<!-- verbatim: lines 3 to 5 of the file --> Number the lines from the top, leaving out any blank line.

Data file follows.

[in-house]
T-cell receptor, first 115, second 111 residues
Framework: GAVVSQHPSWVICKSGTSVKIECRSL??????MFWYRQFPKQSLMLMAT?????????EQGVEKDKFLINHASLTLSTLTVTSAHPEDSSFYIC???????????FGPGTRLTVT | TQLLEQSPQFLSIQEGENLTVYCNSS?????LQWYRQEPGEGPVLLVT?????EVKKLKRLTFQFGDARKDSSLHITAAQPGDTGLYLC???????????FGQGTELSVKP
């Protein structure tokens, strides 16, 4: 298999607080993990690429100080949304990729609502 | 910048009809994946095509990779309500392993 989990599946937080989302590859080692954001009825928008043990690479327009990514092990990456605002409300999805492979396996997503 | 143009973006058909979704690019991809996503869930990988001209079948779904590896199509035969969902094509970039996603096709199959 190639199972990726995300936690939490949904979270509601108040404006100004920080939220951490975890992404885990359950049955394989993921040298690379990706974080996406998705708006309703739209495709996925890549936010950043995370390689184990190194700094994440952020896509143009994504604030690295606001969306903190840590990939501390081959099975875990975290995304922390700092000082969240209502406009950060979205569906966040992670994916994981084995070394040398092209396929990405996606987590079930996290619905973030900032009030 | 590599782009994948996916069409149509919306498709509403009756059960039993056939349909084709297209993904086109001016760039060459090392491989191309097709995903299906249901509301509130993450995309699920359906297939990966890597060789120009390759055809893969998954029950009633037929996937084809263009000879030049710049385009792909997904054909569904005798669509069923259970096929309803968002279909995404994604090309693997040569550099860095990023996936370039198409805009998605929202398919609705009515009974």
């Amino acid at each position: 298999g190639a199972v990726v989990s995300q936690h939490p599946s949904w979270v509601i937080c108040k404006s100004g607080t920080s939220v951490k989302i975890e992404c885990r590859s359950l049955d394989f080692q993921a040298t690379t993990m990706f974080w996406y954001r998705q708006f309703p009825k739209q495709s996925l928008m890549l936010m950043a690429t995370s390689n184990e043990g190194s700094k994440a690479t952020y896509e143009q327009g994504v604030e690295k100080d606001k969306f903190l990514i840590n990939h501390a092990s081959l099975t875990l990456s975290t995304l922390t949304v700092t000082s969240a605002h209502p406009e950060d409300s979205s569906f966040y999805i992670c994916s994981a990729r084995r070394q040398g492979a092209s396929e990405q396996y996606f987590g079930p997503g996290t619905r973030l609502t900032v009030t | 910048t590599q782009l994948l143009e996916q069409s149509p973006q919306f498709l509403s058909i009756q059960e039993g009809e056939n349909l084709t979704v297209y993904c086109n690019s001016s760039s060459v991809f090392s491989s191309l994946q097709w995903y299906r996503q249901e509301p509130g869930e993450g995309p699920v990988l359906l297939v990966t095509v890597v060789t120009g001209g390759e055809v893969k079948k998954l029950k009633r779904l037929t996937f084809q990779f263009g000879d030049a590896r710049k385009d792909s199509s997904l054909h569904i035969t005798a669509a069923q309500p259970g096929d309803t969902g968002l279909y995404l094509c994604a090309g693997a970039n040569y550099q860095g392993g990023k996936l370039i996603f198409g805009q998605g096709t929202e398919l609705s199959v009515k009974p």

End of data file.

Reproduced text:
Framework: GAVVSQHPSWVICKSGTSVKIECRSL??????MFWYRQFPKQSLMLMAT?????????EQGVEKDKFLINHASLTLSTLTVTSAHPEDSSFYIC???????????FGPGTRLTVT | TQLLEQSPQFLSIQEGENLTVYCNSS?????LQWYRQEPGEGPVLLVT?????EVKKLKRLTFQFGDARKDSSLHITAAQPGDTGLYLC???????????FGQGTELSVKP
């Protein structure tokens, strides 16, 4: 298999607080993990690429100080949304990729609502 | 910048009809994946095509990779309500392993 989990599946937080989302590859080692954001009825928008043990690479327009990514092990990456605002409300999805492979396996997503 | 143009973006058909979704690019991809996503869930990988001209079948779904590896199509035969969902094509970039996603096709199959 190639199972990726995300936690939490949904979270509601108040404006100004920080939220951490975890992404885990359950049955394989993921040298690379990706974080996406998705708006309703739209495709996925890549936010950043995370390689184990190194700094994440952020896509143009994504604030690295606001969306903190840590990939501390081959099975875990975290995304922390700092000082969240209502406009950060979205569906966040992670994916994981084995070394040398092209396929990405996606987590079930996290619905973030900032009030 | 590599782009994948996916069409149509919306498709509403009756059960039993056939349909084709297209993904086109001016760039060459090392491989191309097709995903299906249901509301509130993450995309699920359906297939990966890597060789120009390759055809893969998954029950009633037929996937084809263009000879030049710049385009792909997904054909569904005798669509069923259970096929309803968002279909995404994604090309693997040569550099860095990023996936370039198409805009998605929202398919609705009515009974």
């Amino acid at each position: 298999g190639a199972v990726v989990s995300q936690h939490p599946s949904w979270v509601i937080c108040k404006s100004g607080t920080s939220v951490k989302i975890e992404c885990r590859s359950l049955d394989f080692q993921a040298t690379t993990m990706f974080w996406y954001r998705q708006f309703p009825k739209q495709s996925l928008m890549l936010m950043a690429t995370s390689n184990e043990g190194s700094k994440a690479t952020y896509e143009q327009g994504v604030e690295k100080d606001k969306f903190l990514i840590n990939h501390a092990s081959l099975t875990l990456s975290t995304l922390t949304v700092t000082s969240a605002h209502p406009e950060d409300s979205s569906f966040y999805i992670c994916s994981a990729r084995r070394q040398g492979a092209s396929e990405q396996y996606f987590g079930p997503g996290t619905r973030l609502t900032v009030t | 910048t590599q782009l994948l143009e996916q069409s149509p973006q919306f498709l509403s058909i009756q059960e039993g009809e056939n349909l084709t979704v297209y993904c086109n690019s001016s760039s060459v991809f090392s491989s191309l994946q097709w995903y299906r996503q249901e509301p509130g869930e993450g995309p699920v990988l359906l297939v990966t095509v890597v060789t120009g001209g390759e055809v893969k079948k998954l029950k009633r779904l037929t996937f084809q990779f263009g000879d030049a590896r710049k385009d792909s199509s997904l054909h569904i035969t005798a669509a069923q309500p259970g096929d309803t969902g968002l279909y995404l094509c994604a090309g693997a970039n040569y550099q860095g392993g990023k996936l370039i996603f198409g805009q998605g096709t929202e398919l609705s199959v009515k009974p």